As the largest resource of information specific to women's brain health, we are sure you will find what you are looking for, and promise that you will discover new information.
Published on: November 5, 2015
by Jayalakshmi K for International Business Times:
Alzheimer’s disease could actually be a collection of diseases that should be treated with a variety of different approaches. Distinct disorders that eventually lead to neurodegeneration need to be classified and treated separately, suggest researchers at the Hebrew University of Jerusalem’s Faculty of Medicine.
Prion disorders like Alzheimer’s and Parkinsons result from a protein-folding gone amiss. This has been noticed to appear sporadically or as an inherited mutation-linked disorder. In the former, the appearance of symptoms is later.
The researchers were looking into some aspects of the mutation-linked diseases like the similar time frames of apparently distinct disorders. And why the symptoms only begin to show late in life.
The international research team was led by professor Ehud Cohen and Dr Tziona Ben-Gedalya at The Institute for Medical Research Israel – Canada (IMRIC) in the Hebrew University’s Faculty of Medicine.
Since neurodegenerative disorders arise from aberrant protein folding, the team postulated that age probably affects the activity of proteins needed to help other proteins fold properly.
They found that the development of Alzheimer’s disease in certain families, and of a familial prion disorder in other families, both originate from malfunction of the protein “cyclophilin B”.
However, the mechanism leading to Alzheimer’s disease in individuals with these mutations is different to that of the disease’s emergence in patients with other mutations.
According to professor Ehud Cohen: “This study provides important new insights: first, it shows that the development of distinct neurodegenerative disorders stems from a similar mechanism. More importantly, it indicates that Alzheimer’s disease can emanate from more than one mechanism, suggesting that it is actually a collection of diseases that should be classified.”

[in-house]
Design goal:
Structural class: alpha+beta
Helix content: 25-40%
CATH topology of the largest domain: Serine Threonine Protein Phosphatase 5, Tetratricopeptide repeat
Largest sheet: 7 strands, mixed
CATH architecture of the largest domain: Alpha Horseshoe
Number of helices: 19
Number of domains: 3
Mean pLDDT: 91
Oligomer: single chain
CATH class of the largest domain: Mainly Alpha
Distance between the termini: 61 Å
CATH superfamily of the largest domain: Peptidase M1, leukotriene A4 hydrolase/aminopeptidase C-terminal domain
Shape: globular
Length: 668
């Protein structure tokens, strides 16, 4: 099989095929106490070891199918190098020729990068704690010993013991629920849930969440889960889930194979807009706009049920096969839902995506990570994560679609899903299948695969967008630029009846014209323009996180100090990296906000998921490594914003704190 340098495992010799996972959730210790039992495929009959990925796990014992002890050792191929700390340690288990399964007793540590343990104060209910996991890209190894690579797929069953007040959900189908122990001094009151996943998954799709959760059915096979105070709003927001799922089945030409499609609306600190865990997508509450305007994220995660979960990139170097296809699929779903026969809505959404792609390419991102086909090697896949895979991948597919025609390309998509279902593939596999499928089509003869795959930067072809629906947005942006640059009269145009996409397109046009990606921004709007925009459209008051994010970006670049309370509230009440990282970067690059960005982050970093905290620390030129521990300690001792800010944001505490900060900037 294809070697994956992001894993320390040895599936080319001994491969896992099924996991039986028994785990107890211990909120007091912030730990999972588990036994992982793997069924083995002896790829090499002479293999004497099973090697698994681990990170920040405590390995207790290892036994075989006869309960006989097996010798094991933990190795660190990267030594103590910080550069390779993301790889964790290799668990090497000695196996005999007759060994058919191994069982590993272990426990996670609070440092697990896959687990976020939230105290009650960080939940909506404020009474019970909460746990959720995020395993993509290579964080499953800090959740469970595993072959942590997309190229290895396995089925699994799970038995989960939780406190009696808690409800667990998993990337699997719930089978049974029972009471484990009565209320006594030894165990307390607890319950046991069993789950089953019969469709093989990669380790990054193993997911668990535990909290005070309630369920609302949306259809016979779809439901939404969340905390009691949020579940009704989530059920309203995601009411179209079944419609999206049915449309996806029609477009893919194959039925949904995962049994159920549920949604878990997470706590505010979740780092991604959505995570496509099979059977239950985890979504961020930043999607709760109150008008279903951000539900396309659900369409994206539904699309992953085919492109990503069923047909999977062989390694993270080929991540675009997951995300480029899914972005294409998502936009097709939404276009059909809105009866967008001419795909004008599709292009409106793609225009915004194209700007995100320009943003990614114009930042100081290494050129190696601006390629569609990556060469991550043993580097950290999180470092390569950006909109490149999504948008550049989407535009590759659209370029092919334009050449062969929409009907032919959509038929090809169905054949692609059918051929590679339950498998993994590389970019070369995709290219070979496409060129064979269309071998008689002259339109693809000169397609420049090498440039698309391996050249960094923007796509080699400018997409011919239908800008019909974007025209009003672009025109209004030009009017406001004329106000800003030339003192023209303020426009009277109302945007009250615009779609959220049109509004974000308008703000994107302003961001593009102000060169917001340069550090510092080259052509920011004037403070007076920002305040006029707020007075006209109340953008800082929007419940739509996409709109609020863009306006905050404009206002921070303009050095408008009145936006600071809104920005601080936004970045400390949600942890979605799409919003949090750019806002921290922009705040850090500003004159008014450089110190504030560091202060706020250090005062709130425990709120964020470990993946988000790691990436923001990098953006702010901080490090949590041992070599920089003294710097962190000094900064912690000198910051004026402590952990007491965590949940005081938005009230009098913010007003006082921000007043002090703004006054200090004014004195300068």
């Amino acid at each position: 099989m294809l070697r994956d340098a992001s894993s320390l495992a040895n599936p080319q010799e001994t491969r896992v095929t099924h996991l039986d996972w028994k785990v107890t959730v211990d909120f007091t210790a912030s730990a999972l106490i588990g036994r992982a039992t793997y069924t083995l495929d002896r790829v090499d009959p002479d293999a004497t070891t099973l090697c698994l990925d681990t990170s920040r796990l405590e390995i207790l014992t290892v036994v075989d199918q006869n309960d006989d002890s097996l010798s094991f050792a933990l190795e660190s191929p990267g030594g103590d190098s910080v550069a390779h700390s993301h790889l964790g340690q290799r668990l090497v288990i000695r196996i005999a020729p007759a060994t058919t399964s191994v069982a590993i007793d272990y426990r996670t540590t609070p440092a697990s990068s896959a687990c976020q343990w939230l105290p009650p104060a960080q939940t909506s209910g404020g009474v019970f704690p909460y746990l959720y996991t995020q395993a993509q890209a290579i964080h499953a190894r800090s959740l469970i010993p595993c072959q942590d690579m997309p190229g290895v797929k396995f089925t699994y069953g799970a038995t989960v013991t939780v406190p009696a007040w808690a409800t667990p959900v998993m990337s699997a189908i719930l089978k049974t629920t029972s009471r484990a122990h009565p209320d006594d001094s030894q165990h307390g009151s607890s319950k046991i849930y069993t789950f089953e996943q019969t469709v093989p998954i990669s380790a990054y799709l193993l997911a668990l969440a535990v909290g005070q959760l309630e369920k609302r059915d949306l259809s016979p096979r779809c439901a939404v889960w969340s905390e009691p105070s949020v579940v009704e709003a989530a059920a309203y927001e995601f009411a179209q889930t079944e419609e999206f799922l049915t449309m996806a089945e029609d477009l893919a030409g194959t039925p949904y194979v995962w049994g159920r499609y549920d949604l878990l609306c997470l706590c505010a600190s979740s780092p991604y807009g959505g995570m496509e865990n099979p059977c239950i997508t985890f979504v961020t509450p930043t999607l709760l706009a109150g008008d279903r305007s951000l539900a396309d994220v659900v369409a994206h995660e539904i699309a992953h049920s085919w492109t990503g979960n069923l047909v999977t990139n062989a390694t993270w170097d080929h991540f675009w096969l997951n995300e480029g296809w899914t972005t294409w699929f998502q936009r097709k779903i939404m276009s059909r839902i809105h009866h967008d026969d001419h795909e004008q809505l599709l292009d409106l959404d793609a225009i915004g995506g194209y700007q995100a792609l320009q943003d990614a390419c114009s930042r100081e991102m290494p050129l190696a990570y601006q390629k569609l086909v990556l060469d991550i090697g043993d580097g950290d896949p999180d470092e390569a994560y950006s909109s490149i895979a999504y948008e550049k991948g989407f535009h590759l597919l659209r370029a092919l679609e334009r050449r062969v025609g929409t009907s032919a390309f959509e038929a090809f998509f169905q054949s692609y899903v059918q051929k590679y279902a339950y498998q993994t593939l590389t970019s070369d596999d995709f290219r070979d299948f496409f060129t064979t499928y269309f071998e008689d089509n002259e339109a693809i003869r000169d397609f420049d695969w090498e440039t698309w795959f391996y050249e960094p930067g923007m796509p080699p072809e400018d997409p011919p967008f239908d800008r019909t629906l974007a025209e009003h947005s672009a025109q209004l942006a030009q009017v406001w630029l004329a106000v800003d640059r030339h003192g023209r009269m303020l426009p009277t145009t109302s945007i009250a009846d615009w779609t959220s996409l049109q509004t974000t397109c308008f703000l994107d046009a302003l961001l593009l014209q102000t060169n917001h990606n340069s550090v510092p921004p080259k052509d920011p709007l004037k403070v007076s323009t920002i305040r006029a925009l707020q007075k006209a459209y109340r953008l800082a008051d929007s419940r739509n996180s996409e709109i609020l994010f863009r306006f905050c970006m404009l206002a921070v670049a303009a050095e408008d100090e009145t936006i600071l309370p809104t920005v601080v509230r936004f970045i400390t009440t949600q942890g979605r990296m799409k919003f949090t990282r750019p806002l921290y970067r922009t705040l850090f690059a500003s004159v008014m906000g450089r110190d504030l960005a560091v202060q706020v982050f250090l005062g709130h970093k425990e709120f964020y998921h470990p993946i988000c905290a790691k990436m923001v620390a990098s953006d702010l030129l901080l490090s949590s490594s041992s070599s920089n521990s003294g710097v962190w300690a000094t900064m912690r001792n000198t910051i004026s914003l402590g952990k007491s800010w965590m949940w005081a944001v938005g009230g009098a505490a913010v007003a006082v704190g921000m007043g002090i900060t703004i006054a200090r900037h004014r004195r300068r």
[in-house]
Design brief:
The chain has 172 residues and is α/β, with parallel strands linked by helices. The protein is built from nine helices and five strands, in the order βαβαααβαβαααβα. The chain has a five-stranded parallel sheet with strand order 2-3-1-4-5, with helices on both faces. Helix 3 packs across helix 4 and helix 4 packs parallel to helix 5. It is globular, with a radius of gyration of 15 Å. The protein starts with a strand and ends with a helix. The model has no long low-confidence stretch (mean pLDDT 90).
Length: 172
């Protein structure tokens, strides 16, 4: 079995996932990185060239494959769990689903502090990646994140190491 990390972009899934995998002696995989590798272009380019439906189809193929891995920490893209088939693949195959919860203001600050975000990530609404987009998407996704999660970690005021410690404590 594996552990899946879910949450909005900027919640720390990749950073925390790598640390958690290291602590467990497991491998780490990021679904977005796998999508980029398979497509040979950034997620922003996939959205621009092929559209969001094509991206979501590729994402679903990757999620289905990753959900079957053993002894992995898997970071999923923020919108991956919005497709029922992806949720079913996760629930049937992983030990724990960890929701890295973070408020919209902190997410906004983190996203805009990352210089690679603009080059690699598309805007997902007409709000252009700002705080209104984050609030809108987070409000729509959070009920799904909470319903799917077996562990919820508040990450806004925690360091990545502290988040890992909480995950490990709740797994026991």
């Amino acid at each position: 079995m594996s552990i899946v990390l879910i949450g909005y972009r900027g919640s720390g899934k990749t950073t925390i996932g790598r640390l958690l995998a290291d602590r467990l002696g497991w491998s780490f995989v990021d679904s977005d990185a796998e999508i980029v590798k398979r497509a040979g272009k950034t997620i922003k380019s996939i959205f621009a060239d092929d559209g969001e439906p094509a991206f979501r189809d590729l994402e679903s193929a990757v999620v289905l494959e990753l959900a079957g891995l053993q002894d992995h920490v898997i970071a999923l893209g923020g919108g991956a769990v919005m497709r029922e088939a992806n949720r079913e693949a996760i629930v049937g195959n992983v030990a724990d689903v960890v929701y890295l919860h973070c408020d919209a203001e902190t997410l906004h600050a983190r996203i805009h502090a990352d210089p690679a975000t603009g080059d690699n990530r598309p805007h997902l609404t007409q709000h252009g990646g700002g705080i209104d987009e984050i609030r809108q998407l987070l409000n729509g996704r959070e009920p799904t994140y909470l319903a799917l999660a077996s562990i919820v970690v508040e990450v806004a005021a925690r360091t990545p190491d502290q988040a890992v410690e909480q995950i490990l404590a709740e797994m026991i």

Cohen blames the lack of an efficient therapy on the clubbing together of patients with distinct disorders. It is essential to carefully characterise and classify the mechanisms that underlie Alzheimer’s disease, in order to allow for the development of novel therapies that can be prescribed to the individual patient according to their relevant disease sub-type, he says.
Alzheimer’s affects millions of people around the world. In 2010, there were between 21 and 35 million people worldwide with the disease.
Research has pointed to a continued build up of misfolded proteins leading to plaque and a tangle in the brain, as a result of which brain cells die. Blocking the pathways to this brain cell death has been the focus of drug development. However, most drugs tested on animals have shown up undesired side-effects.
Interestingly, in 2014 scientists at Washington university had found that schizophrenia is a combination of eight distinct disorders linked to gene mutations with their own separate symptoms.
It has long been known that vitamin D – often referred to as the “sunshine vitamin” – is one of the most essential vitamins for our overall health because it regulates calcium in the body...
SWEAT IT OUT Sauna bathing, a form of passive heat therapy, is a traditional activity in Finland that is primarily used for relaxation purposes and is becoming increasingly common in many other populations. The typical...
Has anyone ever suggested that you take a deep breath to help you relax when you are feeling anxious or stressed? That advice has roots in the wisdom of ancient yogic teachings. Breathing – that...
The material presented through the Think Tank feature on this website is in no way intended to replace professional medical care or attention by a qualified practitioner. WBHI strongly advises all questioners and viewers using this feature with health problems to consult a qualified physician, especially before starting any treatment. The materials provided on this website cannot and should not be used as a basis for diagnosis or choice of treatment. The materials are not exhaustive and cannot always respect all the most recent research in all areas of medicine.